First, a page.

#UK RACING: Corach Rambler Bids For More National Glory

Corach Rambler
Corach Rambler

A reduced field, due to a safety review, of 34 will contest the world's greatest steeplechase The Grand National on Saturday (April 13) at Aintree racecourse.

An astonishing 26 of the runners hail from Ireland, with eight apiece from the stables of Willie Mullins and Gordon Elliott.

Aside from the reduction in the maximum number of participants -- down from 40 -- other measures introduced include a shorter run to the first of the 30 fences.

Escape routes for riderless horses, who can cause mayhem, have also been installed and the size of the 11th fence, an open ditch, has been reduced.

The race still retains its unique appeal for racing fans and neutral observers, many of whom have their one bet of the year.

The top five horses to watch.

Corach Rambler

The defending champion returns to try to emulate Tiger Roll (2018/19) and win back-to-back Nationals.

He was the first British-trained winner of the National since 2017 victor One for Arthur, who was also trained by Scotland-based Lucinda Russell.

Ran a superb prep with third in last month's Cheltenham Gold Cup, and unlike many of his main rivals Corach Rambler will not be inconvenienced by the testing rain-affected going.

"The way that he runs, he races in a very relaxed manner all the time anyway," said Russell.

"Whether it is heavy or quick ground it doesn't matter to him."

Noble Yeats

Barely a dry eye in the house when amateur Sam Waley-Cohen produced a fairytale final ride to win the National in 2022.

Still runs in his father Robert's colours but now has Harry Cobden on board in his bid to become the first horse to reclaim his Grand National crown since Red Rum won his third in 1977.

His Irish trainer Emmett Mullins -- nephew of Willie -- has given him an unorthodox preparation running him over hurdles and his last run was an insipid one in The Stayers Hurdle at Cheltenham.

That and top weight would argue a case against him but the saying horses for courses seldom rings truer than over the imposing fences at Aintree.

"He is in great form and he has been a great servant," said Mullins on Thursday.

Minella Indo

On paper the class horse of the race having won the Cheltenham Gold Cup in 2021. That was an annus mirabilis for trainer Henry de Bromhead as he also won the Grand National with Minella Times -- Rachael Blackmore memorably becoming the first woman to ride the winner.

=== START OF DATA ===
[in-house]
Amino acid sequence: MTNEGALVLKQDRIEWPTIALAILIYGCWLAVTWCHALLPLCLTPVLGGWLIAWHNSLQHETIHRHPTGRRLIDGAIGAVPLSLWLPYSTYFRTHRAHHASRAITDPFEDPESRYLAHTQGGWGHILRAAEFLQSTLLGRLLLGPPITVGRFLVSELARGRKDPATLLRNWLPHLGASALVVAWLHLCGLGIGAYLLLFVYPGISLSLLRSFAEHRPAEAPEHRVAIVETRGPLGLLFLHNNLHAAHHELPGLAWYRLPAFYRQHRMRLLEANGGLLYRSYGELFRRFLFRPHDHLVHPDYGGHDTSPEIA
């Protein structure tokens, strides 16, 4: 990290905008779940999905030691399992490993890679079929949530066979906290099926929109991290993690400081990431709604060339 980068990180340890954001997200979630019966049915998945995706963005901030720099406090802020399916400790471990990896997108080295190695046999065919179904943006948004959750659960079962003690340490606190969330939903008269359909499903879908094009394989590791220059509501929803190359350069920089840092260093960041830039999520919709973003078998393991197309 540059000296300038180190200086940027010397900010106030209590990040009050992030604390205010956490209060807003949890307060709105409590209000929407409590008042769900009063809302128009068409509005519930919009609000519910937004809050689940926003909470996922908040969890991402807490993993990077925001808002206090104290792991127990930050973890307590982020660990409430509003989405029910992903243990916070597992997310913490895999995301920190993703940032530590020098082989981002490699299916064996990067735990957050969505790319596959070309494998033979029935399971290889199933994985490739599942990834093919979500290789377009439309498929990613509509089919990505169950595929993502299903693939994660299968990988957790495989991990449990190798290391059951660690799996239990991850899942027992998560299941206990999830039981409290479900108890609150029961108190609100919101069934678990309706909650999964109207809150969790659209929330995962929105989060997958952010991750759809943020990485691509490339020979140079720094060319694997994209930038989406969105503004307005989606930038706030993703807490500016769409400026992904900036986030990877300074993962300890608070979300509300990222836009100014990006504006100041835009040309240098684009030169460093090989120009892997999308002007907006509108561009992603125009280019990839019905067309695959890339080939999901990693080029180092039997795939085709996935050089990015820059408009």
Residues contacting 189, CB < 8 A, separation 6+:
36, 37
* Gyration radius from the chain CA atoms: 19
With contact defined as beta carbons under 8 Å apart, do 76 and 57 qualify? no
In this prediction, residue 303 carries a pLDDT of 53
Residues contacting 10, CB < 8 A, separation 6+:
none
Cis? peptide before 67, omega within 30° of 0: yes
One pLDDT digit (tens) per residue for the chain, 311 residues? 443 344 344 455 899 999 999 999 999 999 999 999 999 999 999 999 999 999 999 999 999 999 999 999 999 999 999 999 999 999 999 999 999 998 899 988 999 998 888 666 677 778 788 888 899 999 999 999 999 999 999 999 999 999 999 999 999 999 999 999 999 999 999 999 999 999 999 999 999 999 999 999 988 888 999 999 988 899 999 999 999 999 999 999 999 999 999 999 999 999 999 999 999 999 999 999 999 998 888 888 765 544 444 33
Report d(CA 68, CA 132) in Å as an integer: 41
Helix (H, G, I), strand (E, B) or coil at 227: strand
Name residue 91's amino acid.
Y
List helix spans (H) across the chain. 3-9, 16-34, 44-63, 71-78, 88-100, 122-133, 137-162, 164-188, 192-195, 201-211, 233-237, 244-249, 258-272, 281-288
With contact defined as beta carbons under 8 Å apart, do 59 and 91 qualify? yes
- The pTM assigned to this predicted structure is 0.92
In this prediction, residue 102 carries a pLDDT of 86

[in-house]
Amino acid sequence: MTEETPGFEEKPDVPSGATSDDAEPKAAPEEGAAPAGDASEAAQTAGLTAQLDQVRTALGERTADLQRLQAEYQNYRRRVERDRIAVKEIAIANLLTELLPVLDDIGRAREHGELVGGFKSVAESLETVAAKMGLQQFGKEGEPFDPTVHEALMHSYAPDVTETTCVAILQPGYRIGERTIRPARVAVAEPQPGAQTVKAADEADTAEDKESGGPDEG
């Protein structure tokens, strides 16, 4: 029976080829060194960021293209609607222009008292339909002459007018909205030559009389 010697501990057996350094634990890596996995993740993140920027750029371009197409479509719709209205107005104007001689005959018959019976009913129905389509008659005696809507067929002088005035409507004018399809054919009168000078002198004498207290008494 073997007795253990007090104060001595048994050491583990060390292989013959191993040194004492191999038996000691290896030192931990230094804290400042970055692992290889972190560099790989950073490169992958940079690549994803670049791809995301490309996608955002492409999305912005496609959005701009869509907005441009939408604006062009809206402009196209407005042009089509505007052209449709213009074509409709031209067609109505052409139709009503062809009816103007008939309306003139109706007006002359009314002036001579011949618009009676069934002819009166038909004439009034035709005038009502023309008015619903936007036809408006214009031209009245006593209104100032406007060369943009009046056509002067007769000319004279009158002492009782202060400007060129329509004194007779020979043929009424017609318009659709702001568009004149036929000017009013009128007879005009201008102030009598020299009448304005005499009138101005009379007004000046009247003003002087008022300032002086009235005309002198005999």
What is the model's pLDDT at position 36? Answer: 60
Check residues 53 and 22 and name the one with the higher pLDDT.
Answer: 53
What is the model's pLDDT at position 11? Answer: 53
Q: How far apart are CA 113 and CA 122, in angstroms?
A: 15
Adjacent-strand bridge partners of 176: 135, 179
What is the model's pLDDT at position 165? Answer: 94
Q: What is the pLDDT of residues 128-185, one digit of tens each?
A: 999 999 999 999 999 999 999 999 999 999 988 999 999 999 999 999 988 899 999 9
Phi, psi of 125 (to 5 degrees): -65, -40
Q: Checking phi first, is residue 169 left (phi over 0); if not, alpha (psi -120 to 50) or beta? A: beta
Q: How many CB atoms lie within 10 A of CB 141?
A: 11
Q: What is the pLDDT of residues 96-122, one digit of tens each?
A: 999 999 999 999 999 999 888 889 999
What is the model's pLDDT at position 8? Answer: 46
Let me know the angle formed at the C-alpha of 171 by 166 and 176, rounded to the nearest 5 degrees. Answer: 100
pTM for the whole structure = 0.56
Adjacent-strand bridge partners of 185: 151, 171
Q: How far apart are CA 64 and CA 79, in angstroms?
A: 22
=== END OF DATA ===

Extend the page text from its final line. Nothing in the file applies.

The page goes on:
However, Minella Indo is no longer the force he was and has not run since fourth at Cheltenham last December.

However, de Bromhead is not one for tilting at windmills and is upbeat about his chances.

"He is in good form. He stays and he jumps and has plenty of class," the 51-year-old Irishman told AFP.

De Bromhead adds, though, his mantra before any race is "more hopeful than confident" but when it comes to the National he is "even more hopeful than confident."


The horse may not have the prestigious wins to his name of the trio above him in the list.

However, he has the potential to deliver what a National winner has a habit of doing, serving up a great story.

Tom Ellis recently became a trainer as the opportunity of training a National runner owned and bred by his mother Pippa and ridden by his wife Gina Andrews proved too tempting.

Latenightpass is far from a no hoper having won the Foxhunters over the iconic fences two years ago and beat Minella Indo last December.

"However long I trained for, I doubt we will ever have another Grand National runner bred by my mother and ridden by my wife," said Ellis.

"So it made sense to try."

Kitty's Light

He just sneaked into the final field of 34 and comes alive in the Spring, a hat-trick of excellent wins last year, including the Scottish Grand National, attesting to that.

If successful he would not only be Wales's first winner of the race since Kirkland in 1905 but provide a real fairytale.

Trainer Christian Williams has been dealing with his professional career and the stress of his six-year-old daughter Betsy being diagnosed with leukaemia last year.

"To cure her they had to take her as close to death without killing her," 41-year-old Williams told The Daily Telegraph.

Betsy will be there on Saturday to watch Kitty's Light run but what he has already done for the Williams's is invaluable.

"What he did for us last season, what he brought to the family, was incredible," Williams told The Racing Post.


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